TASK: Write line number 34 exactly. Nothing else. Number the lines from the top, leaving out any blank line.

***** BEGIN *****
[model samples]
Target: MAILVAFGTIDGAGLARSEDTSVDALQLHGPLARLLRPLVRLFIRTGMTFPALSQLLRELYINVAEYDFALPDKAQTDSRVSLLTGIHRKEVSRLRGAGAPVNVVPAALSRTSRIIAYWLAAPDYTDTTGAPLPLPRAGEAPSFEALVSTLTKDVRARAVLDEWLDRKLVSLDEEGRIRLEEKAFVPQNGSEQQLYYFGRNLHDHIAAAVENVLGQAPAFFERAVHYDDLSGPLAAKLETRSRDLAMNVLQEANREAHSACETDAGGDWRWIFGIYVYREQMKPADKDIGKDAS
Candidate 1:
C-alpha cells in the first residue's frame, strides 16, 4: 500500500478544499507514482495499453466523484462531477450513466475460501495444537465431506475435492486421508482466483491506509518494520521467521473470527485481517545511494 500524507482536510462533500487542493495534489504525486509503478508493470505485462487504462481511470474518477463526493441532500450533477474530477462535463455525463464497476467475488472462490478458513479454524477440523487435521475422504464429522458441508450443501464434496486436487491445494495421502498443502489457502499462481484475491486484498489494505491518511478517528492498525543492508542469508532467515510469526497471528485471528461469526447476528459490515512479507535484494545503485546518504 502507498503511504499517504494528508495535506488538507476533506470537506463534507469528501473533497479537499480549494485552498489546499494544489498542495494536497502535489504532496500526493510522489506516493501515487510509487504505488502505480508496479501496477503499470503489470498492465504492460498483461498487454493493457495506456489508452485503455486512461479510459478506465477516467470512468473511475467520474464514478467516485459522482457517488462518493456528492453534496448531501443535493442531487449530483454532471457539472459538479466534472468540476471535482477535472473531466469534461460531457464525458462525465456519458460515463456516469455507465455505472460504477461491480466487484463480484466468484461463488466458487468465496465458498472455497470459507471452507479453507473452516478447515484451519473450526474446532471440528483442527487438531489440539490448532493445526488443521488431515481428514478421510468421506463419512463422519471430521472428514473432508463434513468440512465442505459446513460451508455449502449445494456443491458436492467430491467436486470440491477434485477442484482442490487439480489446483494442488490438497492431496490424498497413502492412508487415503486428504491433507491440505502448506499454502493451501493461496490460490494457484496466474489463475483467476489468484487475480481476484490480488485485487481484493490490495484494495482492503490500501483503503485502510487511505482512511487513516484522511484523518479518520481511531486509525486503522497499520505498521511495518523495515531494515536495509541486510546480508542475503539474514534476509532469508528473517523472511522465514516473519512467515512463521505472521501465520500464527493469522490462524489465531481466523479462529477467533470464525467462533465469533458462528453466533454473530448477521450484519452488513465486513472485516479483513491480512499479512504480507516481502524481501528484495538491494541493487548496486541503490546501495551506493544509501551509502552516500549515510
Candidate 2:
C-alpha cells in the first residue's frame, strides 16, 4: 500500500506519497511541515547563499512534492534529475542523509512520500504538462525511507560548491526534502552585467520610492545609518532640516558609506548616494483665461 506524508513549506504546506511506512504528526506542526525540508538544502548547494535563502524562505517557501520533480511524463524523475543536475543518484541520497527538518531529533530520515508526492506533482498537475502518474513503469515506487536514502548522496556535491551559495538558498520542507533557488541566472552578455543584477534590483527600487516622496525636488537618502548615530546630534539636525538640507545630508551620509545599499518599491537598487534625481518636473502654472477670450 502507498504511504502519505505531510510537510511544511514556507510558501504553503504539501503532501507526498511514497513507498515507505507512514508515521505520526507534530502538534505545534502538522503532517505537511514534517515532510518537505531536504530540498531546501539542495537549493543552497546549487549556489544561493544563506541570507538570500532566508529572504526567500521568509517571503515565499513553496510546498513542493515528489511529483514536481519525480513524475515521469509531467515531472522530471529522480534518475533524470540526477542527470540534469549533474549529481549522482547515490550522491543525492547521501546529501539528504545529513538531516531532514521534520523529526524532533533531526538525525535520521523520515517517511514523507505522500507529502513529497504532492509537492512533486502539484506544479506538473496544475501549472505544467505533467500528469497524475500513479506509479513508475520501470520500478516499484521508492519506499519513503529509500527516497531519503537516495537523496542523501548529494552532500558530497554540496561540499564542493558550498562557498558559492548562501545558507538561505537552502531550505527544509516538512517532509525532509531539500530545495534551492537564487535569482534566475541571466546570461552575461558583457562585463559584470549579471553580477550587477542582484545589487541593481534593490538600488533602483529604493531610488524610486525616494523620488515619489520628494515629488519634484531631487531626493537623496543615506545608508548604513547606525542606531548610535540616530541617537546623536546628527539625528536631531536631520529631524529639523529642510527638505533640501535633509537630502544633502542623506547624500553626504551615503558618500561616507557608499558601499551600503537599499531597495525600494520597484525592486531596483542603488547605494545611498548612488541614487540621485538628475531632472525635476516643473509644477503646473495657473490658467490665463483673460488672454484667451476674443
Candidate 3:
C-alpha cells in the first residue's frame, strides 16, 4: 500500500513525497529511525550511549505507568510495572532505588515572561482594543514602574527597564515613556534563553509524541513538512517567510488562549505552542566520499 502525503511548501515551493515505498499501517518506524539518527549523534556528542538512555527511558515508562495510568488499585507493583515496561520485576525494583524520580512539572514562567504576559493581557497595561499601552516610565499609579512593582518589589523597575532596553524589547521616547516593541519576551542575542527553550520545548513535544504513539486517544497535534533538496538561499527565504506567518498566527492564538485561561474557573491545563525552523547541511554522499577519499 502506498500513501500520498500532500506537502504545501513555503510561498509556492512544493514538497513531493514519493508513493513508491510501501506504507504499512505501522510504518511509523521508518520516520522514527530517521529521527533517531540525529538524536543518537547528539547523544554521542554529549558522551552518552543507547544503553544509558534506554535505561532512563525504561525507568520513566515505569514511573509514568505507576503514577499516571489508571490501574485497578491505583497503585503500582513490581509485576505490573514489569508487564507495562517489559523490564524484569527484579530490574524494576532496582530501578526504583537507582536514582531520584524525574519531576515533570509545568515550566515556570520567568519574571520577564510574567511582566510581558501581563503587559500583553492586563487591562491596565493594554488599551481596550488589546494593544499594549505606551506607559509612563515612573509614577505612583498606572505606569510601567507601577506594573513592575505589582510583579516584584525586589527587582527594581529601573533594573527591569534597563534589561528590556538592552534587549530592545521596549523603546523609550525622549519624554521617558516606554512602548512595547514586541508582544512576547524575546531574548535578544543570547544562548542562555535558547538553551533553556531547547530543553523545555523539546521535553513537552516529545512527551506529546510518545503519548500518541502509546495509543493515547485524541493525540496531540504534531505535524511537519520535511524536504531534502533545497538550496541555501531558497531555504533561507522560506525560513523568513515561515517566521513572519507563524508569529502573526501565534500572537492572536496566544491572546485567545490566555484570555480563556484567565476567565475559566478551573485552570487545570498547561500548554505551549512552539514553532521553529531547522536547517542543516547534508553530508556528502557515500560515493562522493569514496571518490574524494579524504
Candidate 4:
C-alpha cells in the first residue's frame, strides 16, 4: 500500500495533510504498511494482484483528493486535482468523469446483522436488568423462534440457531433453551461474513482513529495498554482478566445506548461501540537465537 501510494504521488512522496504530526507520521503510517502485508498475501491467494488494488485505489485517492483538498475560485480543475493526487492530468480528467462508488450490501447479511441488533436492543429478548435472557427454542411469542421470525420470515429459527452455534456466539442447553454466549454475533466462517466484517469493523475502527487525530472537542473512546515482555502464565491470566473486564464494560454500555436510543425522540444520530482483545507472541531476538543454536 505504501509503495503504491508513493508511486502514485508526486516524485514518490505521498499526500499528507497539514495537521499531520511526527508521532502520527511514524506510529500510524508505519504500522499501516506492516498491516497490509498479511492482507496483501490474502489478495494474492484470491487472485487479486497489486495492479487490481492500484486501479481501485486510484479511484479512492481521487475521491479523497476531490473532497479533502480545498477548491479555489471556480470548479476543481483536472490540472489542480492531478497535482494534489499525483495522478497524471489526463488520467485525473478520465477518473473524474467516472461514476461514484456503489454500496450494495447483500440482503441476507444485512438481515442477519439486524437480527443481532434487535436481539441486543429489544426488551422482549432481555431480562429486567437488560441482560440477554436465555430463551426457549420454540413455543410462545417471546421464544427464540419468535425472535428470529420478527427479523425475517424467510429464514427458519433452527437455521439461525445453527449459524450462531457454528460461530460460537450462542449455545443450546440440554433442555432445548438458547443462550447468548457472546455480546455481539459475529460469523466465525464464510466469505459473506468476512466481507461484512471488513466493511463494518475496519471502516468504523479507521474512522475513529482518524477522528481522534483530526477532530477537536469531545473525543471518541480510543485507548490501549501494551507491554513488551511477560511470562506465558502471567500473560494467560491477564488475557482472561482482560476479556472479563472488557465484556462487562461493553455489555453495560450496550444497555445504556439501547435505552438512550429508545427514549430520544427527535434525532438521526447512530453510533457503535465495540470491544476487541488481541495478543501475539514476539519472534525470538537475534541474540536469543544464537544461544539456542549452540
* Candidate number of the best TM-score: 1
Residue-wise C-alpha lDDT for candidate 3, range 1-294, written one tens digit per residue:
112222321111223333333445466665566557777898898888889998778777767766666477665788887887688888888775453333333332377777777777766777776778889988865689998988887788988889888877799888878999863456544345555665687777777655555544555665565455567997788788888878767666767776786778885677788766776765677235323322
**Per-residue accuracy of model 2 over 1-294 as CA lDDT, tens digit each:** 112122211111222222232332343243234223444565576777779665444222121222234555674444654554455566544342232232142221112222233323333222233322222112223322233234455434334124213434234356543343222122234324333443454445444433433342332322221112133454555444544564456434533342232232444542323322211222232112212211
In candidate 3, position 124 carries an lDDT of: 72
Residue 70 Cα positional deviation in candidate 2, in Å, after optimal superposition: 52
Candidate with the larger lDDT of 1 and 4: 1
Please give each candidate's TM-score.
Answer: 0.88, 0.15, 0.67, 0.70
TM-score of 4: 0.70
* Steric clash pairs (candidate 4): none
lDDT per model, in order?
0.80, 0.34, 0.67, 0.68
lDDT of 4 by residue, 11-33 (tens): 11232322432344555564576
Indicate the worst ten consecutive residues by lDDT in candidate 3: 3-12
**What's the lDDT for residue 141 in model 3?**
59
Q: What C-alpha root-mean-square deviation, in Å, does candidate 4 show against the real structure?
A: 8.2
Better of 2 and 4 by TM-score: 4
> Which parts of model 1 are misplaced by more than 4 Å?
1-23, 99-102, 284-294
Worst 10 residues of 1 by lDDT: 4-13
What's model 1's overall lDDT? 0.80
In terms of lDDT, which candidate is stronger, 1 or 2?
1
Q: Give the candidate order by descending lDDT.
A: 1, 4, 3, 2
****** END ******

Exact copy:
What's model 1's overall lDDT? 0.80